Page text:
News roundup - Holy Ghost to tour nationally/Blown onto Bainbridge/Trust launches $400K drive/Schools seek parent help

  • Jun 9, 2008 at 5:56PM

With a new album inspired by horror film soundtracks, British folk rock and “how evil the woods really are, especially here in the dark Northwest,” island glam-band Holy Ghost Revival is set to embark on their grandest national tour yet.

Did candidate Peddy pad resume?

  • Jun 9, 2008 at 5:56PM

Claims of a college degree were ‘a typo,’ his manager says; Peddy won’t comment. Claims of a college degree by mayoral candidate Will Peddy were inaccurate, his campaign manager admitted this week, after the candidate’s resume was questioned by a local online news site. The Bainbridge Buzz, an online community news site published by Cathy Nickum and supported by local sponsors, disputed Peddy’s claim that he earned a degree in biology from the University of California at Davis. Peddy’s campaign has since retracted the claim and issued an “amended” resume document.

All those boats, no boat yard

  • Jun 9, 2008 at 5:56PM

WSF says it will make haul-out yard space available, for the right price. On an island whose harbors and marinas hold more than 1,500 registered boats, not having a place for residents to haul out and maintain vessels strikes longtime Bainbridge boater Bob Smith as profoundly “unnatural.” “There’s no place to buy fuel, to haul out, to treat the worms on wood boats, to scrape off the barnacles, mussels and seaweed or to fix your propeller, strip paint or do all kinds of other tinkering you need to do,” Smith said. “These are just the natural things we should have.”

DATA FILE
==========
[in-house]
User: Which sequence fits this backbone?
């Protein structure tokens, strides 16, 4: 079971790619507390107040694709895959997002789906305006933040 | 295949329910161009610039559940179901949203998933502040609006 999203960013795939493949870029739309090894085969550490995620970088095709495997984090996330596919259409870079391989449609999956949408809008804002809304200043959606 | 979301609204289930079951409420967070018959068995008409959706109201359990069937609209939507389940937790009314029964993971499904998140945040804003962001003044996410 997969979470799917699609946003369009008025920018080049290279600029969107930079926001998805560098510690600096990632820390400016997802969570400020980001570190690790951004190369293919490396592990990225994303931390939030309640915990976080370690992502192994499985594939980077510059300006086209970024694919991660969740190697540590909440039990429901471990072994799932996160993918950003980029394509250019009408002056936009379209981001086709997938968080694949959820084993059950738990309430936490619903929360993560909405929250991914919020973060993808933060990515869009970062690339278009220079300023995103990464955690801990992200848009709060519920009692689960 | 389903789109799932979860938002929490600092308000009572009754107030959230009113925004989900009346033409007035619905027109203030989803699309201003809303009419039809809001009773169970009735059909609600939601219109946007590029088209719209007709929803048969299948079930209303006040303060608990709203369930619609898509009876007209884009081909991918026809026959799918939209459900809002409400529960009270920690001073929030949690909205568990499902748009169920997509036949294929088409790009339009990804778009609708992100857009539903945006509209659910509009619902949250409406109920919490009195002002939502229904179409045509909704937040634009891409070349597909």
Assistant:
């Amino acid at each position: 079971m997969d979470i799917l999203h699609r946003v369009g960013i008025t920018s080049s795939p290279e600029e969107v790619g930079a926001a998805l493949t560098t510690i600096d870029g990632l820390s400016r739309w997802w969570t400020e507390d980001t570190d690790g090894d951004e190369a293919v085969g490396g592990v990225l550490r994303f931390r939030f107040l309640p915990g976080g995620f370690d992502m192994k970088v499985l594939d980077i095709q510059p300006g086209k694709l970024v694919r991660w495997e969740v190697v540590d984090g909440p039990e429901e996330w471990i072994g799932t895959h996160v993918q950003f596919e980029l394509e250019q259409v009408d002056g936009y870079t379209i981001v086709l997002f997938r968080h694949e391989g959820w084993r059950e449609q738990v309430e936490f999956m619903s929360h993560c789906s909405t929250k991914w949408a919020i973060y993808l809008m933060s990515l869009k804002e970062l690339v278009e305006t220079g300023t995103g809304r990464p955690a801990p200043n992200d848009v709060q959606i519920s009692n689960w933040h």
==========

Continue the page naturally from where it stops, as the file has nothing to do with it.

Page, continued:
Here comes roundabout No. 2

  • Sep 14, 2005 at 12:00AM updated Jun 9, 2008 at 5:56PM

Plans for a circle at Wyatt and Madison get mixed reviews. Sometimes, it seems, familiarity breeds acceptance rather than contempt. After the public imbroglio that preceded construction of the island’s first traffic roundabout at Madison and High School Road – when damning letters overwhelmed City Hall – response to plans for a second circle at Madison and Wyatt seems pretty tame.

Man dies in 80-foot plunge

  • Jun 9, 2008 at 5:55PM